Nick Boles has been named as the new minister responsible for FE and skills in Prime Minister David Cameron’s reshuffle today.
The former planning minister, who founded the think tank Policy Exchange, has a joint brief with the business and education departments.
He takes over from Matthew Hancock, who had been in the role since September 2012, and who has been promoted to minister for business, enterprise and energy attending cabinet.
Mr Boles, 48, is MP for the Grantham and Stamford constituency in Lincolnshire.
He is close to the prime minister and chancellor George Obsborne and once shared a flat with the former education secretary Michael Gove.
Mr Boles is openly gay and in a civil partnership and part of his new brief will also be implementation of the government’s gay marriage policy.
The FE sector welcomed Mr Boles' appointment and praised the work of his predecessor.
Martin Doel, chief executive of the Association of Colleges, said: "He [Boles] has some significant challenges ahead of him including making a key decision about the future funding for 16 to 18-year-olds and the proposed reform of apprenticeships. I very much look forward to working with him."
Dr Lynne Sedgmore, executive director of the 157 Group of colleges, said: “We want to thank Matthew [Hancock] for his commitment and focus on FE colleges; the 157 Group had a strong and fruitful relationship with him and we look forward to working closely with Nick Boles and introducing him to the excellent work of FE colleges as he takes up his new role.”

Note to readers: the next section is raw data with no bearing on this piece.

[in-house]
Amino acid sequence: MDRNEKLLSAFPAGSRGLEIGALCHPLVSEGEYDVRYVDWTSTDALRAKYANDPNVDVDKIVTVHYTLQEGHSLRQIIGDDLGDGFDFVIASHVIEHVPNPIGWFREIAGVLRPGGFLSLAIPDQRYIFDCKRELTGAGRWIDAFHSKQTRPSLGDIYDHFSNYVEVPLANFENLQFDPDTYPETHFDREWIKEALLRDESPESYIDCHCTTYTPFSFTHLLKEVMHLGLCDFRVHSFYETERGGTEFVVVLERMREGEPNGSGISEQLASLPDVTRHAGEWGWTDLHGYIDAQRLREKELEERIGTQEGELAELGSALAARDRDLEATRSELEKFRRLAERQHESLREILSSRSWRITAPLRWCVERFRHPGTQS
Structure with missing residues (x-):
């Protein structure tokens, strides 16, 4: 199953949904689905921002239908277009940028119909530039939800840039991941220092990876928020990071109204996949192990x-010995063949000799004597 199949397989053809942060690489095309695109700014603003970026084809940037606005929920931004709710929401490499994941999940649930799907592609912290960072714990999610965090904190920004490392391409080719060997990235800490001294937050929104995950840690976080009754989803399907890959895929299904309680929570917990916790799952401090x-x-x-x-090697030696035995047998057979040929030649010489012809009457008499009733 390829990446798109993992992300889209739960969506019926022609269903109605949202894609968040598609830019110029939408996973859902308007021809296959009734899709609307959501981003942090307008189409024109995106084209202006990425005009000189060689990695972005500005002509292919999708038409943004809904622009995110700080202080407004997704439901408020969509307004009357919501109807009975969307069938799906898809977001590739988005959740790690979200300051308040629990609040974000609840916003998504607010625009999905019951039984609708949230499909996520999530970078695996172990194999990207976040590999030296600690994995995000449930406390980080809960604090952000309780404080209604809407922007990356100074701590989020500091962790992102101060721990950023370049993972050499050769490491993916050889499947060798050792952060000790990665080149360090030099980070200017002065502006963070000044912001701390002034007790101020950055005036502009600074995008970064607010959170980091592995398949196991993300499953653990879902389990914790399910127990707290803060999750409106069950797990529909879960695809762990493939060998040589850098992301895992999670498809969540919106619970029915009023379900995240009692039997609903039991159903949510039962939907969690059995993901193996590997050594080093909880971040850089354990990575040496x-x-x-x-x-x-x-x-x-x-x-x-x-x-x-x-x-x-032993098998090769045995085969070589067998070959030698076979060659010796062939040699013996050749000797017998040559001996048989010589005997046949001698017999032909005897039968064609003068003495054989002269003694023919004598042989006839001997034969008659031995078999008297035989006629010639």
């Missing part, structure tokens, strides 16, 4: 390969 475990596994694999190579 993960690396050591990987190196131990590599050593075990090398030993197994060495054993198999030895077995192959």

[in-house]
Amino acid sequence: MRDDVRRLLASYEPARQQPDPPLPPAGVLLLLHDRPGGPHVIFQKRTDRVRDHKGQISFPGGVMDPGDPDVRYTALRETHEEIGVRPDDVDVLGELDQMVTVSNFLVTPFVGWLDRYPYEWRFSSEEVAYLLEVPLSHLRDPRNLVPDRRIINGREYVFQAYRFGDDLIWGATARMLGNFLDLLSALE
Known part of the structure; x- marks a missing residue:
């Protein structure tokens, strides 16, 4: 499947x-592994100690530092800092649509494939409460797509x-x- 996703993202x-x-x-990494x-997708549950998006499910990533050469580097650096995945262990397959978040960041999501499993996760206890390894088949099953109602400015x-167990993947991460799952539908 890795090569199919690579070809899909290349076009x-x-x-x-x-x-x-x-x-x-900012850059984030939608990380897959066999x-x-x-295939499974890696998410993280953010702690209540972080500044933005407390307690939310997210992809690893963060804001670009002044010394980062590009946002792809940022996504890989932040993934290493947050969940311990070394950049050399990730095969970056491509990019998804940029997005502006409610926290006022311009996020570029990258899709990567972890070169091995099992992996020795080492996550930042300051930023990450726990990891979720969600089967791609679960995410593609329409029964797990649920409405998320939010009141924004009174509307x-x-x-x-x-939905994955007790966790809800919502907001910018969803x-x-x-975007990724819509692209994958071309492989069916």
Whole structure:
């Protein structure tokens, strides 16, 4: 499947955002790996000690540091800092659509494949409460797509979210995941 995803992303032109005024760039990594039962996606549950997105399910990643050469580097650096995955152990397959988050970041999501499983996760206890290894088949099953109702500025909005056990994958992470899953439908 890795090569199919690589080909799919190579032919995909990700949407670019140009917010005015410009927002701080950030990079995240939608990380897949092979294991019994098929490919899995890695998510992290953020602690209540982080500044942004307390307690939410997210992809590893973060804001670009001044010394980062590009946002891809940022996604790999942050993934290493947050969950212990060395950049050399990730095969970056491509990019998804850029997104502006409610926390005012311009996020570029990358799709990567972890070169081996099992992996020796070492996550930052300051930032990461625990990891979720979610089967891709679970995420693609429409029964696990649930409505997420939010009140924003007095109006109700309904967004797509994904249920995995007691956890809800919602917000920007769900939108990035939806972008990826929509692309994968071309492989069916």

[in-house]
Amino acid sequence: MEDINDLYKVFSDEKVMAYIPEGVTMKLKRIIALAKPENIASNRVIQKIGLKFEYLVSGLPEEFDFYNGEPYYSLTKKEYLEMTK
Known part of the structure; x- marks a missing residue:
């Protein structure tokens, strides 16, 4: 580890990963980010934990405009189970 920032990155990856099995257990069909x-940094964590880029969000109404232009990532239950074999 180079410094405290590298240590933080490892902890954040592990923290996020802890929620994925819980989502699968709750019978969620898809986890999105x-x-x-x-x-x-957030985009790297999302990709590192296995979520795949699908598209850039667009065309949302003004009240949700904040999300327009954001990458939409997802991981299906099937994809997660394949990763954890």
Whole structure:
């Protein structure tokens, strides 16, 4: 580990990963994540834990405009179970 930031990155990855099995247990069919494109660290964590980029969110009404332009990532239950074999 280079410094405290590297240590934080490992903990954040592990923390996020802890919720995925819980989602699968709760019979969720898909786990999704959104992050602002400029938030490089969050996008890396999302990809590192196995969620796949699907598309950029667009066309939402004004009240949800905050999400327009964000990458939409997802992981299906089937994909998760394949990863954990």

A spokesman for the Association of Employment and Learning Providers said: “It’s welcome news that the Prime Minister has decided to retain the joint BIS/DfE portfolio and AELP welcomes Nick Boles to the skills post.
“Matthew Hancock did a great job in protecting the apprenticeships budget and we congratulate him on his promotion. “
The University and College Union (UCU)welcomed the new further education minister and said it was looking forward to discussing the important issues that face him in his new roles.
UCU general secretary, Sally Hunt, said: “Public spending cuts have had a profound impact on post-16 education and all parties now need to set out their stall for further and higher education. The introduction of new ministers is an opportunity for government to refocus its education priorities in the run up to the election.”
Tom Stannard, deputy chief executive of adult education body NIACE, said Mr Hancock would be a "tough act to follow" but it looked forward to working with Mr Boles at a "critical time" for the economy and society."
"We must ensure we have a skills system fit for the 21st Century which will lead to prosperity for all," he said.
"We are pleased that he will retain briefs in both the Department for Business, Innovation and Skills and the Department for Education. This will lead to closer working relationships between the two departments, something we have called for in our manifesto."